The human "pangenome": First published draft captures DNA diversity
The first draft of a human “pangenome,” mapping out the different DNA variations in our genes, has been published. The new release builds on the existing human reference genome by adding over 1,000 new gene mutations and almost 120 million base pairs, providing an invaluable resource for future genetic research.
In 2001, the Human Genome Project published the first draft of its human reference genome, with updates adding more detail in the years since until it reached its current version, known as GRCh38. It wasn’t until 2022 that a complete human genome was published, but even that doesn’t tell the whole story.
“Everyone has a unique genome, so using a single reference genome sequence for every person can lead to inequities in genomic analyses,” said Adam Phillippy, a co-author of the new study. “For example, predicting a genetic disease might not work as well for someone whose genome is more different from the reference genome.”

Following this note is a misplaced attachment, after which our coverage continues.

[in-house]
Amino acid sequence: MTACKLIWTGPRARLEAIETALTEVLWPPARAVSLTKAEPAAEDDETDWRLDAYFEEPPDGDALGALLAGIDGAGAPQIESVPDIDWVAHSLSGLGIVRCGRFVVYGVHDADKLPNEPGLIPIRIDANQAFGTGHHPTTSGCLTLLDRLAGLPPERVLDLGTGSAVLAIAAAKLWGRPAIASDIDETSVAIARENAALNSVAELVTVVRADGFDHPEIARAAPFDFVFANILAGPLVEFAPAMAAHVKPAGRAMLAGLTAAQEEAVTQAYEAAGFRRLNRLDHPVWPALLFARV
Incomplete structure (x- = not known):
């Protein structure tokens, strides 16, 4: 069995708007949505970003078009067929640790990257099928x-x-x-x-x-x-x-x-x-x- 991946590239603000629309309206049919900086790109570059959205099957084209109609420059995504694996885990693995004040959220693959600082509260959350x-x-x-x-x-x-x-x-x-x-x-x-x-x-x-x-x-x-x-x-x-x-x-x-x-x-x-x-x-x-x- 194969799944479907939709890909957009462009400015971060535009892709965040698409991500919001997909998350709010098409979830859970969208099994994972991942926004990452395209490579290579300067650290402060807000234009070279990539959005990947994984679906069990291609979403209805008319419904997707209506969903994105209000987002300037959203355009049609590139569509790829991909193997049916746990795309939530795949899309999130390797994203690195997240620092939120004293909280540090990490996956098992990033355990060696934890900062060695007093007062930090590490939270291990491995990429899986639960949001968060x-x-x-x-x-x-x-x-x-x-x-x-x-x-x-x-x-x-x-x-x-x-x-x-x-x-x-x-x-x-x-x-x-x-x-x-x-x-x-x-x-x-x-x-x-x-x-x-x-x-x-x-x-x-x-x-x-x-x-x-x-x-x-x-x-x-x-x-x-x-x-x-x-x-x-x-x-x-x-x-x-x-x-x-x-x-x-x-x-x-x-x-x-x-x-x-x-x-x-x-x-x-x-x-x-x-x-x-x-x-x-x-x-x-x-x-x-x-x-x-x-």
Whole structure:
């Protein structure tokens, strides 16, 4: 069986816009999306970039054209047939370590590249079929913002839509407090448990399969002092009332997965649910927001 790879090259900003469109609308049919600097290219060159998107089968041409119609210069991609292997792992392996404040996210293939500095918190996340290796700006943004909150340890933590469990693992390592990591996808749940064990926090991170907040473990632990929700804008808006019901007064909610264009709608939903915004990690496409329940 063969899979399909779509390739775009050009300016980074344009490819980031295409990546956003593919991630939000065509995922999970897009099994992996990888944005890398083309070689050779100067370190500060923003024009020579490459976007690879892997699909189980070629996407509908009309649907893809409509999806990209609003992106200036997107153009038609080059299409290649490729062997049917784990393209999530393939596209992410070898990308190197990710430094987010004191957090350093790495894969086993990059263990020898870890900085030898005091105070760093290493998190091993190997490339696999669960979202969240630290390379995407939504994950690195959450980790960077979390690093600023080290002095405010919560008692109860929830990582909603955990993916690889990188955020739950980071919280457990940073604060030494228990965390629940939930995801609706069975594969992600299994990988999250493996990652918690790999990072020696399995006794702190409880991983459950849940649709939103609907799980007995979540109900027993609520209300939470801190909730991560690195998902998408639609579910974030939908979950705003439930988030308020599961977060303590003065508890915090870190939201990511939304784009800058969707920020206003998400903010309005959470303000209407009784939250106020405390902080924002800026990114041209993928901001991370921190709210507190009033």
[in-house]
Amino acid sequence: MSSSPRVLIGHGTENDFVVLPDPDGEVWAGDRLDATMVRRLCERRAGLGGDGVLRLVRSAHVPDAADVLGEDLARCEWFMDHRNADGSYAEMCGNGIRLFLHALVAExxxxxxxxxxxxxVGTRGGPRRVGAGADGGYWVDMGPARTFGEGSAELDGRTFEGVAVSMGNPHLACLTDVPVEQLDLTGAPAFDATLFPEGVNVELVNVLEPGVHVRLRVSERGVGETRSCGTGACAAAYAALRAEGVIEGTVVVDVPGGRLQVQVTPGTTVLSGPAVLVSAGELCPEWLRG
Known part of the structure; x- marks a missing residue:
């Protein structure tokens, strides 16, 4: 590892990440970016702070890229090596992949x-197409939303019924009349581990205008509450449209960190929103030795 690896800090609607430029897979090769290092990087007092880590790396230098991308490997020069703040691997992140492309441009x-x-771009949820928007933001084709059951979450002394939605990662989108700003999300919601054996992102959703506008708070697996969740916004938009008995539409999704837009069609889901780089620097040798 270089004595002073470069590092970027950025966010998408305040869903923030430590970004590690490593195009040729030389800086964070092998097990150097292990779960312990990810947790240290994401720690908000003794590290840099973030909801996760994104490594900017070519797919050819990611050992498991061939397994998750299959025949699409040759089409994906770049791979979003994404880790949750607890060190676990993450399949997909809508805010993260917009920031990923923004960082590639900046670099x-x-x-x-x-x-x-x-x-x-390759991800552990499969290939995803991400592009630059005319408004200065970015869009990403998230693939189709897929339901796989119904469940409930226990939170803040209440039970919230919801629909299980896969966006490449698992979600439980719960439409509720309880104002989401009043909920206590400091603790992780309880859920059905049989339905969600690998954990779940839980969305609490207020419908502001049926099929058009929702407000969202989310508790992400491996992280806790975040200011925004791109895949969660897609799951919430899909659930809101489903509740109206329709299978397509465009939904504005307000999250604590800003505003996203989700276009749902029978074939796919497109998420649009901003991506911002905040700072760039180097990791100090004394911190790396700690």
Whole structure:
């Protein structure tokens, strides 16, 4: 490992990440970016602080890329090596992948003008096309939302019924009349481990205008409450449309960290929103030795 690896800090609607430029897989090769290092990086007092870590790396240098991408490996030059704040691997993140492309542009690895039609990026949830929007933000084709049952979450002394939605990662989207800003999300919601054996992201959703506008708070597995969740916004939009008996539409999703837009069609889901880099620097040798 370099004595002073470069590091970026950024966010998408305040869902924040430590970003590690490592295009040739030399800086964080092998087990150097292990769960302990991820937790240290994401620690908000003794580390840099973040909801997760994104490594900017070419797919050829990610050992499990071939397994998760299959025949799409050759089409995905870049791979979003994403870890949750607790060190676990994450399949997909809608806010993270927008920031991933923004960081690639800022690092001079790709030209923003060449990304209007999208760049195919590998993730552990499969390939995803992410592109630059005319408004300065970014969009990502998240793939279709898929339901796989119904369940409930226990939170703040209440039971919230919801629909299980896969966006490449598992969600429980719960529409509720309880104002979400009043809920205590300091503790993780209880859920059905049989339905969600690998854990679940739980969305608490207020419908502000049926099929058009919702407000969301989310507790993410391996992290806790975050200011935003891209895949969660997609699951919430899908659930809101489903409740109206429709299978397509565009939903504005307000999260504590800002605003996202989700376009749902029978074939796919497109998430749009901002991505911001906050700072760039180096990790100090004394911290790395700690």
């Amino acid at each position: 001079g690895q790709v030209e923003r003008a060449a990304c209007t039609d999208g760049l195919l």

To counter that, a group called the Human Pangenome Reference Consortium is working towards building a more comprehensive atlas of human genetic variety, known as a pangenome, and the first draft has now been published.
This preliminary pass of a pangenome was assembled from DNA from 47 people of a diverse range of ancestries. Compared to the current main reference human genome, it adds 119 million base pairs, and 1,115 new gene duplication mutations, providing multiple options for the same stretch of DNA.
“By using the pangenome reference, we can more accurately identify larger genomic variants called structural variants,” said Mobin Asri, co-first author of the study. “We are able to find variants that were not identified using previous methods that depend on linear reference sequences.”
These structural variants can extend as long as several thousand bases, and play key roles in an individual’s genes, including their risks of diseases. But identifying them has been hard to do with just one main reference genome. Using this pangenome draft has already allowed scientists to more than double the number of structural variants as identified in GRCh38.
And of course, this is just the beginning. This first draft only contains genetic information from 47 people, the Human Pangenome Reference Consortium plans to bump that up to 350 in the final version, expected by mid-2024.
A paper describing the first draft pangenome was published in the journal Nature, along with three other papers that explore early applications of the data.
Source: National Institutes of Health
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